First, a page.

Whistleblowers: Veterans cheated out of benefits (CBS News)
The Veterans Benefits Administration provides $95 billion of entitlements each year to veterans, including disability money, pensions to vets and their surviving spouses and death benefits — even American flags at veterans’ funerals. But a CBS News investigation has found widespread mismanagement of claims, resulting in veterans being denied the benefits they earned, and many even dying before they get an answer from the VA, reports CBS News correspondent Wyatt Andrews. The problems at the Veteran Benefits Administration have been uncovered in the wake of last summer’s scandal at a Phoenix VA hospital, that rocked the Department of Veterans Affairs. Dorrie Stafford said a letter, obtained by CBS News, shows how badly the VA claims system is broken. It’s dated July 29, 2014, and thanks Dorrie’s husband Wayne — an Army veteran — for the disability claim he filed in July of 2004. The decade-long delay is just one problem; the other is that Wayne died in an accident seven years ago, without hearing a word from the VA. “It upsets me,” Dorrie said. “Why would you suddenly, after all these years, send a letter to a dead man?” Five whistleblowers at the Oakland, California, Veterans Benefits office told CBS News that Stafford’s claim is one of more than 13,000 informal claims filed between 1996 and 2009 that ended up stashed in a file cabinet and ignored until 2012. Informal claims are letters from veterans expressing a desire to apply for benefits, and by law, the VA must respond with an application.
Veterans express anger, frustration with VA chief’s special forces claim (The Washington Post)
Veterans took to Facebook to voice their frustration with Robert McDonald, the Secretary of Veterans Affairs, who lied about his military record in a conversation with a man he thought was a homeless veteran. The exchange was caught on camera and aired on national television. The new secretary, hired to clean up the embattled agency, claimed he was in the elite Special Forces, when McDonald is in fact a West Point grad who served with the 82nd Airborne Division during the late 1970s. He has issued an apology for the misstatement. The American Legion planned to meet with McDonald on the issue later today. Ahead of the meeting, American Legion Commander Michael Helm said in a statement that “a lie is a lie” even if McDonald did complete Ranger training. “I can’t believe people do this,” Helm said. “What a disappointment from the leader of a department whose number one issue right now is the restoration of trust.” “He should be held to a higher standard,” Helm added. “The secretary has apologized, as he certainly should. We hope that he can restore the trust that he lost.” Paul Rieckhoff, founder and CEO of the Iraq Afghanistan Veterans of America, said that McDonald called him personally to apologize. And the group accepted the apology.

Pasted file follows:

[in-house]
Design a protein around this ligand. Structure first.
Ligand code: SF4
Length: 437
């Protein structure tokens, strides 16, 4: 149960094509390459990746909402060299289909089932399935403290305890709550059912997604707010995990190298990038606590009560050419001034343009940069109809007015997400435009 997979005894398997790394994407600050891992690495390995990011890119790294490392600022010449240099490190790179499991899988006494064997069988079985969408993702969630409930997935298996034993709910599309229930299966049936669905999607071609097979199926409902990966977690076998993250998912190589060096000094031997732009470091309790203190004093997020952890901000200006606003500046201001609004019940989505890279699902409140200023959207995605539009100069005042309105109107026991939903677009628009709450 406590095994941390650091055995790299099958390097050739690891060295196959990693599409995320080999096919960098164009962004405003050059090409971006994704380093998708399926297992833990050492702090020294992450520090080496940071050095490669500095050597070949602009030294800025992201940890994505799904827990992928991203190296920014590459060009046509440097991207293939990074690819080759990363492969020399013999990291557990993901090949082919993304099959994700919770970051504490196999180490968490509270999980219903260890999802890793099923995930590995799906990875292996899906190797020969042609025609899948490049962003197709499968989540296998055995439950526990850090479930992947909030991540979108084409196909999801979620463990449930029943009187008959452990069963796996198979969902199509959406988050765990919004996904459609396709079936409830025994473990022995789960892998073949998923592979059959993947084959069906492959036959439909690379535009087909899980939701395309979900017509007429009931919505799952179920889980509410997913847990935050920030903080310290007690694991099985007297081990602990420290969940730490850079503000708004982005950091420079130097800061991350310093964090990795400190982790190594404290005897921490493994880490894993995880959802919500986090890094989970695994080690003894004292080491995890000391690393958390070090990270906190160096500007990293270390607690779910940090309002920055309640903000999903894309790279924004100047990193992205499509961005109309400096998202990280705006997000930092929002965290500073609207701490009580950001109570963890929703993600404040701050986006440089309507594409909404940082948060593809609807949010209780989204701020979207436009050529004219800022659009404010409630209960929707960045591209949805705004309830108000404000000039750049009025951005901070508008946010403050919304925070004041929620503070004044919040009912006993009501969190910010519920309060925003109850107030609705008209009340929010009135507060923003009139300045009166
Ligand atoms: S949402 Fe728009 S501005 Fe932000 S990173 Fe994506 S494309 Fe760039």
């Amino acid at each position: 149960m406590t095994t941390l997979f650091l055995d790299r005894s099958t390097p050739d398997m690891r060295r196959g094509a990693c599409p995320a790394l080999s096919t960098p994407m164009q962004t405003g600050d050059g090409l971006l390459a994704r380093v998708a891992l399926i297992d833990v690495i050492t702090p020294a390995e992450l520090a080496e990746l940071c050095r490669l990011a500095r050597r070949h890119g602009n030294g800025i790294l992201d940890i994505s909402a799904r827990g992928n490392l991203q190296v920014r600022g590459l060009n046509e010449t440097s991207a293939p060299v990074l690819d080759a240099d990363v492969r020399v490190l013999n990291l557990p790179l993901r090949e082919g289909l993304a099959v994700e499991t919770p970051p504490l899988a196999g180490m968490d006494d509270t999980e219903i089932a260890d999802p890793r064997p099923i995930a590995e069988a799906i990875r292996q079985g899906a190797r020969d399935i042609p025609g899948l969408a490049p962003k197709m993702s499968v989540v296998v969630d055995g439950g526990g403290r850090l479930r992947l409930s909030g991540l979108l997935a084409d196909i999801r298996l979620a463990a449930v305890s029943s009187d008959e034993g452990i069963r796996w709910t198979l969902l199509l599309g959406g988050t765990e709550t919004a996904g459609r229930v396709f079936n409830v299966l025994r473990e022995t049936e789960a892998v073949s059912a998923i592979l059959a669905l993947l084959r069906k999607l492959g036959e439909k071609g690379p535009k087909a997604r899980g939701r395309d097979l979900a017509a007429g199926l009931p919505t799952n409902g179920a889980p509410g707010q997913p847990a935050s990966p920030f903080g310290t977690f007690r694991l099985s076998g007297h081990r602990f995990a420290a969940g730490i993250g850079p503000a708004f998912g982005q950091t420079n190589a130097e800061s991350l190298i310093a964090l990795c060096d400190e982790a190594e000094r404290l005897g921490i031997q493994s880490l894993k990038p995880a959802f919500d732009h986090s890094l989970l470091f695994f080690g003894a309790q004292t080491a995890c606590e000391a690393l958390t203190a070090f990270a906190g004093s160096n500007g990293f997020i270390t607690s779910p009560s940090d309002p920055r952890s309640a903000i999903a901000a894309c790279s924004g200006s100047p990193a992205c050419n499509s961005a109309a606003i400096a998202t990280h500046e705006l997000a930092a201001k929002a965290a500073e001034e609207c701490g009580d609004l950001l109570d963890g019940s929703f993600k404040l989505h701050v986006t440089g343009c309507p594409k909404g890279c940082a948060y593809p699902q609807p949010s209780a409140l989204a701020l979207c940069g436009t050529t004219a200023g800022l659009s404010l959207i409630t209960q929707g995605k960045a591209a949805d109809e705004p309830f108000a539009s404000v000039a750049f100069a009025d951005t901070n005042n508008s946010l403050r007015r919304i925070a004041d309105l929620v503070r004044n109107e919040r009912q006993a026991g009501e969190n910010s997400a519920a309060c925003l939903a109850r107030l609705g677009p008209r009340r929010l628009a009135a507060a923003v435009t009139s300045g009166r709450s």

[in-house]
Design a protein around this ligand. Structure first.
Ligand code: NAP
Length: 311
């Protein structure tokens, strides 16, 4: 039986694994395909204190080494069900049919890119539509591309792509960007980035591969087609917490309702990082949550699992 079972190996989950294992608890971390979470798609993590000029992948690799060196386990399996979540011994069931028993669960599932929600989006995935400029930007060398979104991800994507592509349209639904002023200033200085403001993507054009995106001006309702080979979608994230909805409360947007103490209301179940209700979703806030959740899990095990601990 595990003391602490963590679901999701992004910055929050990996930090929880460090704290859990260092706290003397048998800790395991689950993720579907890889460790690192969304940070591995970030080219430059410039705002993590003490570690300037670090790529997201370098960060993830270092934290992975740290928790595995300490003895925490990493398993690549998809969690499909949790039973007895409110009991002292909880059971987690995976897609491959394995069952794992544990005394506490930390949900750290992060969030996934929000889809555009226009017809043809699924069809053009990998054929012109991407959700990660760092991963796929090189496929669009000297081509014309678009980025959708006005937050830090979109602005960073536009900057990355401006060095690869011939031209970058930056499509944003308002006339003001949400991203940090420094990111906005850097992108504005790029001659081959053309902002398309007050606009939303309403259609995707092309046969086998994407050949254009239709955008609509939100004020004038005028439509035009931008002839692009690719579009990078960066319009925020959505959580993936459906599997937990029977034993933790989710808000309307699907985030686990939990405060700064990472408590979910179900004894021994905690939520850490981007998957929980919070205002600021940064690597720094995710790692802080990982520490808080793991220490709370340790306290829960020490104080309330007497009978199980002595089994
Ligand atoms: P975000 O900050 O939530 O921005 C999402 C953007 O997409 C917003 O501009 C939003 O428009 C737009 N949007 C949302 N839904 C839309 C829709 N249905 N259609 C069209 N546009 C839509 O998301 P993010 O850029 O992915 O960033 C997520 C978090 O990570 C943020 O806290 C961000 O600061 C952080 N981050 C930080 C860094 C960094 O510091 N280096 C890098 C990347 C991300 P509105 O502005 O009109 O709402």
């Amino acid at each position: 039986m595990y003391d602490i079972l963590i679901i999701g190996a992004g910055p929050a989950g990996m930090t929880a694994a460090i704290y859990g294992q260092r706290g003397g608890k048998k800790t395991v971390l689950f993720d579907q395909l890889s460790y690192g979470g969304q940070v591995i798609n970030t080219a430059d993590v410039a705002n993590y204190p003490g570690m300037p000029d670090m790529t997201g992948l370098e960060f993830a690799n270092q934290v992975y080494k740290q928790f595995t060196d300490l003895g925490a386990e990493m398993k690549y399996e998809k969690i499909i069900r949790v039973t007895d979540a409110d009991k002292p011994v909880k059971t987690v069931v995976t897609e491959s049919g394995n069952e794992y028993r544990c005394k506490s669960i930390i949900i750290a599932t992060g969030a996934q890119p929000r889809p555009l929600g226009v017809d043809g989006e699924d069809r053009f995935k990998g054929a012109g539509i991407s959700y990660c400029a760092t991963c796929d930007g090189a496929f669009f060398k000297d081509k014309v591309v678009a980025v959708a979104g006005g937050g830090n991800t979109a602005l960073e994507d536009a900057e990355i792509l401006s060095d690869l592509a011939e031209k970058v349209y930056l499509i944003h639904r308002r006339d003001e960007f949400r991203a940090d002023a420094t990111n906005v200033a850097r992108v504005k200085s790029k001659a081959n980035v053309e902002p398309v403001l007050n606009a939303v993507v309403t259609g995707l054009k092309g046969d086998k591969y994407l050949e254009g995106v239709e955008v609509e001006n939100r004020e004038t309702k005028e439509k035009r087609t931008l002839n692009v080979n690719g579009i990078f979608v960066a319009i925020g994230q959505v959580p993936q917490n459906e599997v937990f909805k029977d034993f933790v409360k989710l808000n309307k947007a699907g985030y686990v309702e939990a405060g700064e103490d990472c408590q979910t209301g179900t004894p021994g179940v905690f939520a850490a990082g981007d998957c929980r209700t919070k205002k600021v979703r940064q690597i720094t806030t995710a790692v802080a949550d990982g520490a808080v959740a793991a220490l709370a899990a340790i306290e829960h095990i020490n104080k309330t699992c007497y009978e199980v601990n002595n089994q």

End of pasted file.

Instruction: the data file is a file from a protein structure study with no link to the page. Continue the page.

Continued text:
VA Secretary McDonald: ‘I will do better’ (Military Times)
For the second time in 24 hours, Veterans Affairs Secretary Bob McDonald issued a mea culpa for telling a homeless veteran in Los Angeles last month he had been in Special Forces when he had not. Addressing reporters in front of VA headquarters building on Tuesday, McDonald said he had no intention of stepping down for the mistake, saying he made the error in an effort to connect with the veteran, not to embellish his record. “In my 61 years, integrity has been the foundation of my character. … It is a part of who I am and I will do better to not make a mistake like I made in L.A. again,” McDonald said. During an overnight count of homeless veterans in Los Angeles last month, McDonald spoke with a veteran who said he had been in Army Special Forces, telling him he’d also been in Special Forces.
The VA secretary should know the importance of not lying about one’s service (The Los Angeles Times)
Editorial: “Really? The secretary of Veterans Affairs? Surely there is no one who should better understand how offensive it is to lie about one’s military service than the secretary of Veterans Affairs. Yet that’s exactly what Robert McDonald did the night he participated in the Greater Los Angeles Homeless Count in January. While chatting with a homeless man on skid row who said he had served in the elite special forces, McDonald responded, “Special forces? What years? I was in special forces.” In fact, McDonald, who graduated from West Point and did serve in the Army’s 82nd Airborne Division, was never a member of special forces. This week, he apologized, telling the Huffington Post, which first reported his false claim, that he “reacted spontaneously.” The White House described his claim as a “misstatement” and said McDonald “never intended to misrepresent his military service.” Of course it’s hard to know for sure what a person “intended,” but the fact remains that McDonald did — clearly and unequivocally — misrepresent his military service. You might even say he lied about it.”
White House should clear up veterans’ red-tape mess (Newsday)